The Federal Housing Administration (FHA) recently unveiled sweeping changes to its multifamily programs, making it tougher on market-rate deals.

As expected, the FHA tweaked underwriting standards for its new construction and refinancing programs, lowering leverage levels, upping debt service requirements, and increasing reserve requirements. The changes were initially announced at the MBA/CREF convention in February.

But the FHA also unveiled a clearinghouse of other risk-management initiatives in announcing the underwriting changes. In general, as a result of the new provisions, multifamily borrowers will have to produce more documentation, lenders will have to spend more time analyzing deals, and the overall process of securing a loan has grown to include a few new steps.

Clearing Backlog but Causing Delays

The changes are designed to clear out the FHA’s congested pipeline of market-rate deals—to better sort the wheat from the chaff—which could ultimately make the process more efficient. But many in the industry fear that the new requirements may have the opposite effect.

“The changes are going to have the intended consequence of making it harder, and slightly less palatable, for those looking to develop market-rate housing to use HUD,” says Nick Gesue, a senior vice president and director at Columbus, Ohio-based FHA lender Lancaster Pollard. “I think the process is going to be a lot slower.”

Taking a page out of the government-sponsored enterprise's model, the FHA will delegate more responsibility to its network of lenders, which should help deal processing in the long term. But with so many changes unveiled at once, it may take a little while before those efficiencies are realized.

“It’s short-term pain for long-term gain. There will be a real learning curve for the lenders and for HUD staff, but is it a six-month or three-year learning curve?” says Phil Melton, who leads the FHA division of Charlotte, N.C.-based Grandbridge Real Estate Capital. “That will make a huge difference as to whether the FHA continues to be a big player, or as new alternatives come back to the market, whether they will become a lender of last resort again.”

Manpower Challenges

Two of the biggest changes include a “new concept planning meeting” between lender and HUD staff (already enacted), and a proposed new loan committee within HUD that the agency hopes to enact in the second half of the year.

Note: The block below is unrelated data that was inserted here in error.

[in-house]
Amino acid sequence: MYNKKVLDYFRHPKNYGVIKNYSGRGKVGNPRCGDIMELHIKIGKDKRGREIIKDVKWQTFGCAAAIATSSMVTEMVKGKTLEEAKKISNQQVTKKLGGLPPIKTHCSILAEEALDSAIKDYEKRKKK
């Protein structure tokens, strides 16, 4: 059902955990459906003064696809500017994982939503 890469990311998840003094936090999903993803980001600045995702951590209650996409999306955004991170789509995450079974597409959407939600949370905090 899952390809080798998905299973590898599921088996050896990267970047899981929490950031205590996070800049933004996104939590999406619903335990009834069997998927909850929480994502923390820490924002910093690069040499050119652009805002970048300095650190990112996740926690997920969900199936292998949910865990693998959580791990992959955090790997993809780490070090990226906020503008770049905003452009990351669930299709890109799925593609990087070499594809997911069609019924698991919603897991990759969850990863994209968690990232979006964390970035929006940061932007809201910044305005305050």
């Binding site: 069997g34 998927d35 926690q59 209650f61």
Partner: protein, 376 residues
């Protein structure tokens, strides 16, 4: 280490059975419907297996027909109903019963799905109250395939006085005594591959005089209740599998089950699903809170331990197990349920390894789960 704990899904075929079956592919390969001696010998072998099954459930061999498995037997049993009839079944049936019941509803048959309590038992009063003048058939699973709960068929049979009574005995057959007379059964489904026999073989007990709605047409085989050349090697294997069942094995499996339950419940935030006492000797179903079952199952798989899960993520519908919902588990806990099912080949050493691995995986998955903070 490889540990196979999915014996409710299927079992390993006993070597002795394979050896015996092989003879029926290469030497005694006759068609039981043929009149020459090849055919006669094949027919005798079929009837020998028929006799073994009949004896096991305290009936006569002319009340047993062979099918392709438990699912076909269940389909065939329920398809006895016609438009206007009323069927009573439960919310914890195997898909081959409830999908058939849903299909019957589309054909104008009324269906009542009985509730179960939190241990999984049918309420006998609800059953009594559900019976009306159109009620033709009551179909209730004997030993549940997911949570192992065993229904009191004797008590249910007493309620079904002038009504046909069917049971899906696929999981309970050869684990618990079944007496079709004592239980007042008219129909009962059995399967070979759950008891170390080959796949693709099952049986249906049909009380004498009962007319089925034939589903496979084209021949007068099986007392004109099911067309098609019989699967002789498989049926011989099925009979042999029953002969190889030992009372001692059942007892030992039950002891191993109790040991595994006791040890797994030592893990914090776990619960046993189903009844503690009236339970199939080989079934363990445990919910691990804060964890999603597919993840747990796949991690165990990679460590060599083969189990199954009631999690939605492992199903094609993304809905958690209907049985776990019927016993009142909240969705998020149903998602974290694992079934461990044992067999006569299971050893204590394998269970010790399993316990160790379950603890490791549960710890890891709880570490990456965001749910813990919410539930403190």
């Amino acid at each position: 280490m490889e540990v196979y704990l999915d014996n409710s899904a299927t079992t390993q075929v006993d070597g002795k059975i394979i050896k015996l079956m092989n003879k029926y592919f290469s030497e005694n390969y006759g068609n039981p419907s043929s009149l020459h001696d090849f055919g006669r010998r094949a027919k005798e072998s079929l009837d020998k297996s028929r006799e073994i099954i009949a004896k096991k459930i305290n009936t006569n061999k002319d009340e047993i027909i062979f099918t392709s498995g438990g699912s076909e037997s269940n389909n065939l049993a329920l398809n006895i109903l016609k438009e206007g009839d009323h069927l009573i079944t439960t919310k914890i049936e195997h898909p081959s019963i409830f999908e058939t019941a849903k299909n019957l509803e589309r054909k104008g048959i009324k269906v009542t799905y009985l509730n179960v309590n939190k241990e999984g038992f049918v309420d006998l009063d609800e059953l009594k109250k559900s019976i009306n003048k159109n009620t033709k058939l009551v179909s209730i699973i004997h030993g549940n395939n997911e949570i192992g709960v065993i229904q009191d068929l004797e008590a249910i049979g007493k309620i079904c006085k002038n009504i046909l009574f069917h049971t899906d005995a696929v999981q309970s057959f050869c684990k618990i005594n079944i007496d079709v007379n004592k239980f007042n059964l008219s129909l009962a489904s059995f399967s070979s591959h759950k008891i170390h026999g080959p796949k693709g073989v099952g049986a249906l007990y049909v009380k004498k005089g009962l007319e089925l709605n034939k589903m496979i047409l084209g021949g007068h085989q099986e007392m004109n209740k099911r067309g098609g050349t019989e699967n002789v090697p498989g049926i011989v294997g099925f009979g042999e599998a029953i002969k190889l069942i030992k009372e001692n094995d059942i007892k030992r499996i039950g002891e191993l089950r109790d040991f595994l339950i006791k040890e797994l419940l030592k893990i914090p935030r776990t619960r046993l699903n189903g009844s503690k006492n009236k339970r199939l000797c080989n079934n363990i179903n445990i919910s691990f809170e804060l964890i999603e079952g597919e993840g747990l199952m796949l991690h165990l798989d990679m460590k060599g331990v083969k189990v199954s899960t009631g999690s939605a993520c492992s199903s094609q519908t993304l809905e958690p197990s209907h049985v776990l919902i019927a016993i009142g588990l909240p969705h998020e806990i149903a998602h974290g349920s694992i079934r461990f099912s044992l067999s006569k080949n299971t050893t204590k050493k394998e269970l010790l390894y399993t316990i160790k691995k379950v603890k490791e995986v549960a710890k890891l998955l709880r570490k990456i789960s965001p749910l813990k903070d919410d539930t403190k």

The new concept planning meeting “will put extra burden on HUD staff that are already burdened, and that’s a concern,” Gesue says. “This is almost like a pre-pre-app—you may have to spend a month going back and forth on this initial concept meeting. My concern is that this becomes a third stage of the application process.”

In the second half, the FHA hopes to roll out an internal HUD loan committee that would align field offices with headquarters in reviewing particularly complex transactions. The idea is to ensure consistent underwriting throughout all field offices.

The big question is whether the FHA has the staff to accommodate some of these changes. While the FHA has a hiring goal on its single-family side, those expansion plans haven’t made it to the multifamily division. The already-understaffed FHA has been under a casual hiring freeze for its multifamily divisions over the past 18 months.

When asked how much it has grown the multifamily staff in the last year, HUD declined to produce any numbers. The FHA is hiring multifamily staff only “where critical vacancies exist,” a spokesman explained. “The goal is to utilize resources in the most efficient manner during a period of flat or declining funding.”

Translation: They're still understaffed. And there will undoubtedly be a learning curve at the staff-level as the agency deals with some of these changes. For instance, some FHA staff will need to be trained in analyzing REO schedules during the credit review process.

“They need more and better staff, across both single-family and multifamily,” says Doug Moritz, associate vice president of multifamily at the Washington, D.C.-based Mortgage Bankers Association. “And it’s not only staff, but it’s training the staff, and adding to the technology, that they need to do.”

To read more on the recent FHA changes read "Sizing Up the FHA's Recent and Proposed Changes."